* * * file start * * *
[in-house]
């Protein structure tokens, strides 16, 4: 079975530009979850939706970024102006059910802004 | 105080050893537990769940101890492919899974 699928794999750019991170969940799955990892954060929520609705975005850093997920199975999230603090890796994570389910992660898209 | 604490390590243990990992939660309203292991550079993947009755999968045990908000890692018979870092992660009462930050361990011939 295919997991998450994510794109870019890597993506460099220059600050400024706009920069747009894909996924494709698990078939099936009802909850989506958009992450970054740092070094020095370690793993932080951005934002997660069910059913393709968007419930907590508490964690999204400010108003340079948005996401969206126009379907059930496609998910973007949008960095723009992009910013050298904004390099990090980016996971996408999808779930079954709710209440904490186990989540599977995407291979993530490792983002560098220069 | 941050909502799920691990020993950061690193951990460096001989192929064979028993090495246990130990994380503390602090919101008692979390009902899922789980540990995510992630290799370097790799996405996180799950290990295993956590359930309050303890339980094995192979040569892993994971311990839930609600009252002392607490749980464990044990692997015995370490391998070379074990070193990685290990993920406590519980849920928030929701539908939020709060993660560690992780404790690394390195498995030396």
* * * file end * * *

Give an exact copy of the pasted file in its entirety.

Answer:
[in-house]
């Protein structure tokens, strides 16, 4: 079975530009979850939706970024102006059910802004 | 105080050893537990769940101890492919899974 699928794999750019991170969940799955990892954060929520609705975005850093997920199975999230603090890796994570389910992660898209 | 604490390590243990990992939660309203292991550079993947009755999968045990908000890692018979870092992660009462930050361990011939 295919997991998450994510794109870019890597993506460099220059600050400024706009920069747009894909996924494709698990078939099936009802909850989506958009992450970054740092070094020095370690793993932080951005934002997660069910059913393709968007419930907590508490964690999204400010108003340079948005996401969206126009379907059930496609998910973007949008960095723009992009910013050298904004390099990090980016996971996408999808779930079954709710209440904490186990989540599977995407291979993530490792983002560098220069 | 941050909502799920691990020993950061690193951990460096001989192929064979028993090495246990130990994380503390602090919101008692979390009902899922789980540990995510992630290799370097790799996405996180799950290990295993956590359930309050303890339980094995192979040569892993994971311990839930609600009252002392607490749980464990044990692997015995370490391998070379074990070193990685290990993920406590519980849920928030929701539908939020709060993660560690992780404790690394390195498995030396």